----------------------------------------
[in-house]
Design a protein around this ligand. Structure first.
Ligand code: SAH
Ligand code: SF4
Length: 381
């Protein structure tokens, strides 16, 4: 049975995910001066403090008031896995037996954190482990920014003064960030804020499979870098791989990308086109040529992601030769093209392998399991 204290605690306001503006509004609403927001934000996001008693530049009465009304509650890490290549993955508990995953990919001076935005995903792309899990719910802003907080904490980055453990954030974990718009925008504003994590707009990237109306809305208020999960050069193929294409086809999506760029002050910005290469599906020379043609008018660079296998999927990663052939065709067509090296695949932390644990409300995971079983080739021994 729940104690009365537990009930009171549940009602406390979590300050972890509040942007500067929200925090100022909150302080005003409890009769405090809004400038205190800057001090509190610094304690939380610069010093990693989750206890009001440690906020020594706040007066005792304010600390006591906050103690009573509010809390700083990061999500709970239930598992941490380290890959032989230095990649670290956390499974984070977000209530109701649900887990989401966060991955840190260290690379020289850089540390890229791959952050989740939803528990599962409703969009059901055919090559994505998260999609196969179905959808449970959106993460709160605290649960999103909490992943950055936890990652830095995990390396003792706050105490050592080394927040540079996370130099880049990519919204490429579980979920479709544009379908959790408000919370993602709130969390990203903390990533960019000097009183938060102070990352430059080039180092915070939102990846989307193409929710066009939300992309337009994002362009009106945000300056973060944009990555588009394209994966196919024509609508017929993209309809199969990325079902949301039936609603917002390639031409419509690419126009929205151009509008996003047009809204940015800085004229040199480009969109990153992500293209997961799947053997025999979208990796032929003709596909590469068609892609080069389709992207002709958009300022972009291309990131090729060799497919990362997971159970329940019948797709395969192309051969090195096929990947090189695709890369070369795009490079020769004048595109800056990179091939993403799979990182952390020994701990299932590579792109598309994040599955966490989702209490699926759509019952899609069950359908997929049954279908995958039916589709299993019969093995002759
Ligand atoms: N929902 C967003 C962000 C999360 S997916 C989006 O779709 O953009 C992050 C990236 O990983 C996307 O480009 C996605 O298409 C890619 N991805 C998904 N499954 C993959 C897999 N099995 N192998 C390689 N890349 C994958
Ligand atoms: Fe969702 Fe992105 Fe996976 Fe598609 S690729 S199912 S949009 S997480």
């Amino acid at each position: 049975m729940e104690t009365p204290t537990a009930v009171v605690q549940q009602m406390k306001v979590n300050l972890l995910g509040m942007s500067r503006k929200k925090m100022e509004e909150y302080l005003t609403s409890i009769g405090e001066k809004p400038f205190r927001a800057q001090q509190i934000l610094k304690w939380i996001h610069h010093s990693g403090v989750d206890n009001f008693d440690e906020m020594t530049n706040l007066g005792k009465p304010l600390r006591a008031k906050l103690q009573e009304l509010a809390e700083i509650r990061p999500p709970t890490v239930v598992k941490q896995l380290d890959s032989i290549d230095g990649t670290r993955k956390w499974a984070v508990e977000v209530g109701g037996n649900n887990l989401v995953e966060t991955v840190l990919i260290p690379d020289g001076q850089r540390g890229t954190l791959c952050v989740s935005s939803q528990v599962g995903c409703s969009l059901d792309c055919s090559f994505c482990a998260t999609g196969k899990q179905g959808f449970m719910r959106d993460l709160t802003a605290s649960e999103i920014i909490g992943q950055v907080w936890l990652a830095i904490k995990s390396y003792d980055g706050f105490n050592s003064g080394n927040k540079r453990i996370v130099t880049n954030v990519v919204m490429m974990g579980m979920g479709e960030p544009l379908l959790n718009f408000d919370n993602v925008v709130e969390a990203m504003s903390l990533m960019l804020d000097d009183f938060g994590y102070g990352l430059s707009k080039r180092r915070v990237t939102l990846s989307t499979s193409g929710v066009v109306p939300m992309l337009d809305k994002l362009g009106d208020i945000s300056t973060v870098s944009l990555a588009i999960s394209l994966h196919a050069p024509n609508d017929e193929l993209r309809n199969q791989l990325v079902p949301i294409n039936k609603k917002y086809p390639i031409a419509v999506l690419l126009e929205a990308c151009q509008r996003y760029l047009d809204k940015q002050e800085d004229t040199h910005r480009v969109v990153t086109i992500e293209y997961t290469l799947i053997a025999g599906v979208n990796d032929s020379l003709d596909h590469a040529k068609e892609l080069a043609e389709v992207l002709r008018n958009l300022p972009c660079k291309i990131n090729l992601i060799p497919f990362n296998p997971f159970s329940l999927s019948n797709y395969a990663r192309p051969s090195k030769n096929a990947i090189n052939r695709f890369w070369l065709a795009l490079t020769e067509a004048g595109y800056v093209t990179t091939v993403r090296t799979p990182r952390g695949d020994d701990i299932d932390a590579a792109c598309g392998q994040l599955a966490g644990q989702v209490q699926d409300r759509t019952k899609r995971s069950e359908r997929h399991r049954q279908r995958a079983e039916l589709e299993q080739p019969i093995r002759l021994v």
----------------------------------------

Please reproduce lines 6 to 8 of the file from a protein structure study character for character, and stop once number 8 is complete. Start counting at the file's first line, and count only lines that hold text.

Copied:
């Protein structure tokens, strides 16, 4: 049975995910001066403090008031896995037996954190482990920014003064960030804020499979870098791989990308086109040529992601030769093209392998399991 204290605690306001503006509004609403927001934000996001008693530049009465009304509650890490290549993955508990995953990919001076935005995903792309899990719910802003907080904490980055453990954030974990718009925008504003994590707009990237109306809305208020999960050069193929294409086809999506760029002050910005290469599906020379043609008018660079296998999927990663052939065709067509090296695949932390644990409300995971079983080739021994 729940104690009365537990009930009171549940009602406390979590300050972890509040942007500067929200925090100022909150302080005003409890009769405090809004400038205190800057001090509190610094304690939380610069010093990693989750206890009001440690906020020594706040007066005792304010600390006591906050103690009573509010809390700083990061999500709970239930598992941490380290890959032989230095990649670290956390499974984070977000209530109701649900887990989401966060991955840190260290690379020289850089540390890229791959952050989740939803528990599962409703969009059901055919090559994505998260999609196969179905959808449970959106993460709160605290649960999103909490992943950055936890990652830095995990390396003792706050105490050592080394927040540079996370130099880049990519919204490429579980979920479709544009379908959790408000919370993602709130969390990203903390990533960019000097009183938060102070990352430059080039180092915070939102990846989307193409929710066009939300992309337009994002362009009106945000300056973060944009990555588009394209994966196919024509609508017929993209309809199969990325079902949301039936609603917002390639031409419509690419126009929205151009509008996003047009809204940015800085004229040199480009969109990153992500293209997961799947053997025999979208990796032929003709596909590469068609892609080069389709992207002709958009300022972009291309990131090729060799497919990362997971159970329940019948797709395969192309051969090195096929990947090189695709890369070369795009490079020769004048595109800056990179091939993403799979990182952390020994701990299932590579792109598309994040599955966490989702209490699926759509019952899609069950359908997929049954279908995958039916589709299993019969093995002759
Ligand atoms: N929902 C967003 C962000 C999360 S997916 C989006 O779709 O953009 C992050 C990236 O990983 C996307 O480009 C996605 O298409 C890619 N991805 C998904 N499954 C993959 C897999 N099995 N192998 C390689 N890349 C994958
Ligand atoms: Fe969702 Fe992105 Fe996976 Fe598609 S690729 S199912 S949009 S997480």